tl;dr

If you are in a team using operational Atlassian Jira boards with an ‘always empty policy’, try the metric “Total poo count” (= “total customer waiting time in days”) as a forcing function.

Organizing DevOps team work

In many of our client projects, we are employing Atlassian Jira as a tool to shape the flow of work. A typical problem – especially in DevOps teams – is how to balance between development (a.k.a. BUILD) work and operations (a.k.a. RUN) work.

An approach that turned out to prove helpful is a “split board + people-boxing” approach.

Splitting boards

Development work flows at a different time scale than operations work. Typically development work in sprint-style agile methodologies like Scrum flows on the order of magnitude of weeks. During these time boxes of Sprints, focus is preserved and work in progress is protected. Typical ticket types for development work are Epic, Story and Sub-task.

In contrast, operational work flows typically on a day-to-day, hour-to-hour scale. Fast reaction and resolution time matters. Typical ticket types for operational work are Task or Incident.

To accomodate these different natures of work, a split of a team’s work into DEV and OPS makes sense. When using Atlassian Jira or Trello or Microsoft Teams or any other issue tracking solution, this is best reflected by having 1 board for DEV and 1 board for OPS.

Always empty policy

For operational boards, there is no value in maintaining a roadmap or backlog. There is no value in postponing decisions to the last responsible moment. An always empty policy accounts for that and makes it the duty of a team to keep the operational board empty and avoid accumulation of tasks.

People-boxing operations

But how do you balance? How can you maintain the Scrum values commitment and focus while performing excellent operations?

People-boxing your operations is one possibility. In a team of n people, take a defined number of people – say 1 person – and put them exclusively on operations work. The rest of the team works exclusively on development work. That is your people box. Typically this duty is rotating.

In order to properly define the right people box size and to detect emergency situations and react, simple metrics are vital.

Introducing Total poo count

How empty is empty enough? How do you choose a proper people box?

  • A good metric will reflect customer impact.
  • A good metric will give the team feedback during day-to-day prioritization.
  • A good metric is a single number and can be given a target.

It turns out, that this long-sought metric is surprisingly simple: Total poo count is the combined number of days customers are waiting for operational tasks to be resolved. That’s it.

Why is it called total poo count? Read more about the Jira Pile of Poo plugin and the quest to visualize ticket debt.

Measuring Total poo count in Atlassian Jira

Measuring total poo count in Jira is dead simple.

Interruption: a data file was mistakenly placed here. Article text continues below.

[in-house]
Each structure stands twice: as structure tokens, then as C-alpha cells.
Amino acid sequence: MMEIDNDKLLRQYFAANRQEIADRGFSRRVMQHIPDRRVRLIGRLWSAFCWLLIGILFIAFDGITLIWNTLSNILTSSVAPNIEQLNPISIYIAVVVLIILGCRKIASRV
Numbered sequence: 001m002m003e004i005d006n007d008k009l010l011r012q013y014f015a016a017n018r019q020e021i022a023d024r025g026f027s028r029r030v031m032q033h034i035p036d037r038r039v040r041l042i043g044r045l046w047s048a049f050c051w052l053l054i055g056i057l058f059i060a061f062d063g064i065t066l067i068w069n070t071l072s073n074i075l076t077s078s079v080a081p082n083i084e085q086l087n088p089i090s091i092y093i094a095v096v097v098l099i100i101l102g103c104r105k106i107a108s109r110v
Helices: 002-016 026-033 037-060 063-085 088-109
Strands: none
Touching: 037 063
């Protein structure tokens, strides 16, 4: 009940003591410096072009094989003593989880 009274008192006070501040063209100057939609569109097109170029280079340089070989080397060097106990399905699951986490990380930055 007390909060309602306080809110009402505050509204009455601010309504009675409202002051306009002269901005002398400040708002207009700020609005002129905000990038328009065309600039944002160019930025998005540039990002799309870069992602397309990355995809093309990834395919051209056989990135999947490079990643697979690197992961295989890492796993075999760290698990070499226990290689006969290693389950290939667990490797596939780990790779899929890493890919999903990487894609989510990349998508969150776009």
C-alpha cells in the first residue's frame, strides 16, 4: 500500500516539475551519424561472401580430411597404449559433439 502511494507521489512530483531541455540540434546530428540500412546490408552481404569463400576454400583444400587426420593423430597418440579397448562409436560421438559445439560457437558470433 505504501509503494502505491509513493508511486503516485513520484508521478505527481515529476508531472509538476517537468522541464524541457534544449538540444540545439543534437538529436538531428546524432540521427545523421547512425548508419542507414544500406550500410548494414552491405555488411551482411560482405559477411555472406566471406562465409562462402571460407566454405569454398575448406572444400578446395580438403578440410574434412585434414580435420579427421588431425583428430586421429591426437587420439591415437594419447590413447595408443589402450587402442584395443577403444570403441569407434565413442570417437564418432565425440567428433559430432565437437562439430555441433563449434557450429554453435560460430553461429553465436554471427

• Get all open open tickets in the operational board by JQL, e.g.

    project = MY AND issuetype = Task AND status not in (Done, Cancelled)

  • Limit your output columns to Key, Summary, Created
  • Export CSV, Comma-Separated
  • Sum up the number of days since creation with a tool of your choice (Excel, Shell Script, …)

(I personally insert a step in between and curse a lot about stupid choices of date formats. I still don’t get why people in the 21st century use anything else than ISO/RFC.)

Anyways, here is a little bash one-liner to ease your journey in processing the file:

cat My\ Jira\ 2019-08-24T17_07_12+0200.csv | cut -d , -f 4 | tail -n +2 | sed -e 's/\([[:digit:]]\{2\}\)\/\([[:alpha:]]\{3\}\)\/\([[:digit:]]\{2\}\).*/\1-\2-20\3/' | while read d; do echo "$(date --date="${d}" "+%s") $(date "+%s")"; done  | awk '{x += ($2 - $1)/86400;} END {print x;}'

In essence, the steps do:

  1. cut -d , -f 4: select only column #4 = created
  2. tail -n +2: drop the header line
  3. sed -e 's/\([[:digit:]]\{2\}\)\/\([[:alpha:]]\{3\}\)\/\([[:digit:]]\{2\}\).*/\1-\2-20\3/': convert the date format to sane ISO dates
  4. while read d; do echo "$(date --date="${d}" "+%s") $(date "+%s")"; done: for each line, read the created date and the current date; convert both to seconds since epoch
  5. awk '{x += ($2 - $1)/86400;} END {print x;}: for each line take the difference of now vs. created date, convert to days, sum them up and print the total

Your total poo count will be driven by two factors: Work in progress and cycle time.

Board Smells: High work in progress

For each passing day, a board with 10 open tickets will accumulate 10 piles of poo. A board with 1 open ticket, will only accumulate 1 pile of poo.

A board with too much work in progress will produce high total poo count values. In order to improve your total poo count score, reduce work in progress.

Board Smells: Long-running tickets

Another factor driving total poo count is long-running tickets, resp. high cycle time. In order to improve your total poo count score, make sure customers receive fast resolutions.

Applying total poo count

As with all metrics, the total poo count is useless if it can be ignored easily. Make it part of the daily routine! We prefer to have an exclusive section for operations at the beginning of each daily standup, e.g. a concise prepared newsflash by the person on support including charts (a.k.a. the weather forecast).

Happy clear-out!



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